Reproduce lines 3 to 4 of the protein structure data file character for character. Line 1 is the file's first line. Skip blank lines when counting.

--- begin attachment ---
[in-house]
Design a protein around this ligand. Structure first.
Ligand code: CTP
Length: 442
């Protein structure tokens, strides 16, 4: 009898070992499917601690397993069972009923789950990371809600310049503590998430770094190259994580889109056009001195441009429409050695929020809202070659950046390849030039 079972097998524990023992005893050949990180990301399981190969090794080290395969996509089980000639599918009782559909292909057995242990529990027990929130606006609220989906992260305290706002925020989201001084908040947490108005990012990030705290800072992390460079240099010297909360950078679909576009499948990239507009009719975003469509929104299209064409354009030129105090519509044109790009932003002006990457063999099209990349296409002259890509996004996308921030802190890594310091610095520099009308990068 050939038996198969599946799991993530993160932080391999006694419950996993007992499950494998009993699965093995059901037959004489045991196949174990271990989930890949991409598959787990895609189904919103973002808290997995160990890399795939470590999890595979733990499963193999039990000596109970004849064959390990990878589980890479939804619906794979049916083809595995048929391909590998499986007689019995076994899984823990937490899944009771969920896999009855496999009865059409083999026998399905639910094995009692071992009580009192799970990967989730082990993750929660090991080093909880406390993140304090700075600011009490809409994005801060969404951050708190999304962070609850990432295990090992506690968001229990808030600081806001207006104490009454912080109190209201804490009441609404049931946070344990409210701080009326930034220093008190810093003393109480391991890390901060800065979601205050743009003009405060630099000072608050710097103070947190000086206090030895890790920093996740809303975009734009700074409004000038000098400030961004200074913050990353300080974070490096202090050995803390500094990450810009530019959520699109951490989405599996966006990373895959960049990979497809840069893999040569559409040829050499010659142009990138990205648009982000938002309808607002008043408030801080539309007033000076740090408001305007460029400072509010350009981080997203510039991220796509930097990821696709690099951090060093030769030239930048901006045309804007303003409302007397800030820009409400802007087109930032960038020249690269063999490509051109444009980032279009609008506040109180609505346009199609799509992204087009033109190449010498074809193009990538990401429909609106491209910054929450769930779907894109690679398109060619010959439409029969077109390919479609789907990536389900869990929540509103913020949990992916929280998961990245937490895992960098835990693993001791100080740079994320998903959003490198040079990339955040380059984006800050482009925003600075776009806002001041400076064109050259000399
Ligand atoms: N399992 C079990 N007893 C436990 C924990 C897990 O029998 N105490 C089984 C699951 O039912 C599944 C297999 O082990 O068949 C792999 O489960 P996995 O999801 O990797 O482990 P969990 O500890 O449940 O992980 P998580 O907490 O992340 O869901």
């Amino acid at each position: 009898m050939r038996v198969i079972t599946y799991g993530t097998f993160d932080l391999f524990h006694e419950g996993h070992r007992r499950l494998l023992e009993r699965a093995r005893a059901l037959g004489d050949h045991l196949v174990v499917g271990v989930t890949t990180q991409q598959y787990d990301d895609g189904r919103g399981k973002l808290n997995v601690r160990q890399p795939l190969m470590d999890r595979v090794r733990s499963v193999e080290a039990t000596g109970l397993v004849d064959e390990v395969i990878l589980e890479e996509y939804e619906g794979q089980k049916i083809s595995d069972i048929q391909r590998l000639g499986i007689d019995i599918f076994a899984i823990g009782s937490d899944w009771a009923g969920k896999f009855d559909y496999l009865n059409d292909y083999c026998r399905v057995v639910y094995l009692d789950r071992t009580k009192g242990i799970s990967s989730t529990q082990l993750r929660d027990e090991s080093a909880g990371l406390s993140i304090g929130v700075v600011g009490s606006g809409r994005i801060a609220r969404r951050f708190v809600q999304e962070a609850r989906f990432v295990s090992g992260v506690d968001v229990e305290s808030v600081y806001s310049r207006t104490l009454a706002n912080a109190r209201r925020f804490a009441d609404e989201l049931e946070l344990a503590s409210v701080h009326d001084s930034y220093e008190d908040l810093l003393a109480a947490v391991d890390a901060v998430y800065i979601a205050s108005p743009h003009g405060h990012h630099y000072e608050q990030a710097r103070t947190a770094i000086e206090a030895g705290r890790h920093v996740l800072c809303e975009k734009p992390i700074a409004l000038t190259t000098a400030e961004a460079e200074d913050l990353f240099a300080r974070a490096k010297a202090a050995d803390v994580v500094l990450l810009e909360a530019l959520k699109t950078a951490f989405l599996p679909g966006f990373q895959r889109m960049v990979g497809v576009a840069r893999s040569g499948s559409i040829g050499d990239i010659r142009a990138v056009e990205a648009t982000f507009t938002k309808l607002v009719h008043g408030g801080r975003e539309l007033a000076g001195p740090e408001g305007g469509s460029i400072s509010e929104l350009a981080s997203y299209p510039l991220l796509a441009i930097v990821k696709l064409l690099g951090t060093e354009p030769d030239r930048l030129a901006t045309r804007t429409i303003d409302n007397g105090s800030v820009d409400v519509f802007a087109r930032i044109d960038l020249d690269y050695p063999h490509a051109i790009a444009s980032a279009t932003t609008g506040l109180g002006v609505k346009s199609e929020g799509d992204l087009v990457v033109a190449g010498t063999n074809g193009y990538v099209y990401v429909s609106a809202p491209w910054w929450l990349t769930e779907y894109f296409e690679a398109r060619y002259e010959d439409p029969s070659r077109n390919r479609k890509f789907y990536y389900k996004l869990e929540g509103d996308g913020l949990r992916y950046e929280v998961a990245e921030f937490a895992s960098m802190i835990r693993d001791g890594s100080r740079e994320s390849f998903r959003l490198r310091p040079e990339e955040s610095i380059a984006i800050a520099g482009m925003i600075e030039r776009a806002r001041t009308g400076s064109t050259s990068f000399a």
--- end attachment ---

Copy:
Ligand code: CTP
Length: 442